- The Washington Times - Sunday, May 9, 2004

About 2,000 people celebrated Mother’s Day yesterday by attending a Million Mom March rally at the Capitol to demonstrate support for extending the nation’s ban on assault weapons.

The crowd gathered on the West Lawn of the Capitol for speeches by figures such as the Rev. Jesse Jackson, who called for intervention by President Bush to continue the federal ban on military-style weapons, such as AK-47s.

Rep. Carolyn McCarthy, a New York Democrat who entered politics after her husband was killed in the 1993 Long Island Rail Road shooting by Colin Ferguson, urged the crowd to pressure their congressmen to extend the gun ban.

“Let’s make this land safe for our police officers, our children, our moms and dads,” Mrs. McCarthy said. “Let’s go out, and get them.”

The prohibition of the sale and manufacture of assault weapons is set to expire in September. Mr. Bush has said that he would sign into law an extension of the ban, but the Republican-controlled Congress has signaled a willingness to let the ban expire.

Rep. Chris Van Hollen, Maryland Democrat, said Congress was wasting time on trivial matters such as changing the names of post offices, while the assault-weapon ban languishes. He told the crowd that they have the power to prod Congress to action.

“They need to be more afraid of the moms going to the ballot booth than they need to be afraid of the [National Rifle Association],” Mr. Van Hollen said.

He also called for expanding the ban to cover more rifles, such as the Bushmaster .223-caliber rifle used in 2002 Washington-area sniper attacks that left 10 persons dead.

“In Iraq, we are fighting to get AK-47s off the streets,” Mr. Van Hollen said. “What about the terror right here on our streets at home?”

After the rally, the demonstrators — many wore pink and white Million Mom March T-shirts and some held photographs of children killed by gun violence or hoisted placards emblazoned with slogans such as “Halt the Assault” and “Assault Weapons are WMD,” or weapons of mass destruction — marched down Constitution Avenue to the Washington Monument.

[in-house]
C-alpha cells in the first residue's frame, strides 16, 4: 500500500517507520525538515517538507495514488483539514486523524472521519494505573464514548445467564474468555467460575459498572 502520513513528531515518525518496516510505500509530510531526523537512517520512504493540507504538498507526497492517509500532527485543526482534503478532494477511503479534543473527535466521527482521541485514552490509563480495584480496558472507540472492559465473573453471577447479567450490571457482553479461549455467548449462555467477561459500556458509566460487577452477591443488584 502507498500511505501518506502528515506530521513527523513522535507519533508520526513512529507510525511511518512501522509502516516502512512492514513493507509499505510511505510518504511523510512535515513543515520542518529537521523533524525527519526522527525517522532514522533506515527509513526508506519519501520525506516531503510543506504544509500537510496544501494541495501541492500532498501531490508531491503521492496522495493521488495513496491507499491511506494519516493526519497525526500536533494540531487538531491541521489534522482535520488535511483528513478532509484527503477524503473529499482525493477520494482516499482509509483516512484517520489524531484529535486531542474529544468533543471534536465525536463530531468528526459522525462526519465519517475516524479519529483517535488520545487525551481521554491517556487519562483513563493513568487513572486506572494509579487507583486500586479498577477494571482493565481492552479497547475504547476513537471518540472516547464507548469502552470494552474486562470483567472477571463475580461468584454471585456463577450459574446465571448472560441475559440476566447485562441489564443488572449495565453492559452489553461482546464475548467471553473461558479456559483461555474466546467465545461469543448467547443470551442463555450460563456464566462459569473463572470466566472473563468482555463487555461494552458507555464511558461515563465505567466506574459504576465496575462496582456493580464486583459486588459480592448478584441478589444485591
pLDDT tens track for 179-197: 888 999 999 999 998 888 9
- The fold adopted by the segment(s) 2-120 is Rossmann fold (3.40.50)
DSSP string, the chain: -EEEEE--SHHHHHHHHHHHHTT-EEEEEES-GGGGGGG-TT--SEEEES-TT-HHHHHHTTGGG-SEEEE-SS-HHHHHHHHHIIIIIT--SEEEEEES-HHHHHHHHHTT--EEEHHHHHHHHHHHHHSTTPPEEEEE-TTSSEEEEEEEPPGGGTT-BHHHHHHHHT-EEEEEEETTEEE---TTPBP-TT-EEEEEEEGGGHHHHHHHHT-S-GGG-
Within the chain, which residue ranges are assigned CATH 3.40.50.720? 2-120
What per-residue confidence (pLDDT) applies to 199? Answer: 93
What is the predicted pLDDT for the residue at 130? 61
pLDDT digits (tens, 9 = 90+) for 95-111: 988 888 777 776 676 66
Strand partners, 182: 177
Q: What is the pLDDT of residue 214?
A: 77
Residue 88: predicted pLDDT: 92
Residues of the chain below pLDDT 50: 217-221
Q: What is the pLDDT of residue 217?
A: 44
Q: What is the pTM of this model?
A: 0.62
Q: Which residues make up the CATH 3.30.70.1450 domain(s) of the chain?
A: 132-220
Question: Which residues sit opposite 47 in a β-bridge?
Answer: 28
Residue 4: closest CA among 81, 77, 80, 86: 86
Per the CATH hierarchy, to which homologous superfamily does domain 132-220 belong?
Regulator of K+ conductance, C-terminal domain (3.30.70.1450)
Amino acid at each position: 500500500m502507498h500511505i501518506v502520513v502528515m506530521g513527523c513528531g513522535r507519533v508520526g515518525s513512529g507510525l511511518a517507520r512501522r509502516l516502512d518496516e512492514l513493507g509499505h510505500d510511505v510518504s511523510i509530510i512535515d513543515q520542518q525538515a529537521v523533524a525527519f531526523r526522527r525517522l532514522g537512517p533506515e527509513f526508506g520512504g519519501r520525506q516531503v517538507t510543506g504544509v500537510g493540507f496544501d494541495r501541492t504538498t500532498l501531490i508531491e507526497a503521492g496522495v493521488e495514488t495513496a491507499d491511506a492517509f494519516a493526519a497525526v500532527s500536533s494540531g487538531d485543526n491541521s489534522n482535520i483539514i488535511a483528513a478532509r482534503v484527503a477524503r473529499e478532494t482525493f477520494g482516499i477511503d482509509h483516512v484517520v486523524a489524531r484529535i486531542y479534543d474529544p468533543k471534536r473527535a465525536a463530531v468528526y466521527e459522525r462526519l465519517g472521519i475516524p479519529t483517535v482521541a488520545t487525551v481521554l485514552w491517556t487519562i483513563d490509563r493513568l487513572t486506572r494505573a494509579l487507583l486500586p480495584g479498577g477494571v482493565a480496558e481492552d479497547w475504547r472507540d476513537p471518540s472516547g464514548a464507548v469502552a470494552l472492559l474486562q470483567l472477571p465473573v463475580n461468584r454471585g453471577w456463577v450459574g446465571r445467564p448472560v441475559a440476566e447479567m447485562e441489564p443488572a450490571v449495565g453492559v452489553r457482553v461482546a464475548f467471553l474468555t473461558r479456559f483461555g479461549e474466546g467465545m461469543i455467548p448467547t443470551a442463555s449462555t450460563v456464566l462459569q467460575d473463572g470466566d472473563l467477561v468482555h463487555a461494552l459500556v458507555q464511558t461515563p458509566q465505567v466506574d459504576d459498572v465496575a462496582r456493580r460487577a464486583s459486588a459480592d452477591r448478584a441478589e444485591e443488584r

The event served as a kickoff for the Million Mom March organization’s national campaign to extend the gun ban. The group’s 26-foot pink recreational vehicle embarked from the rally to similar demonstrations planned for the next four months in cities nationwide, including Richmond; Raleigh, N.C.; St. Louis and Denver.

Donna Dees-Thomases, founder of Million Mom March, which first drew national attention to its anti-gun violence cause with a march in Washington on Mother’s Day 2000, said the group aims to enlist five dedicated activists in each congressional district to lobby for the assault-weapons ban.

By targeting congressional districts, she said, the group could preserve the gun ban with fewer than 2,000 workers — a fraction of the Million Mom March’s ranks.

“We have more people than the NRA,” Mrs. Dees-Thomases said. “The majority of legitimate gun owners agree that we don’t need AK-47s and Uzis on our streets.”

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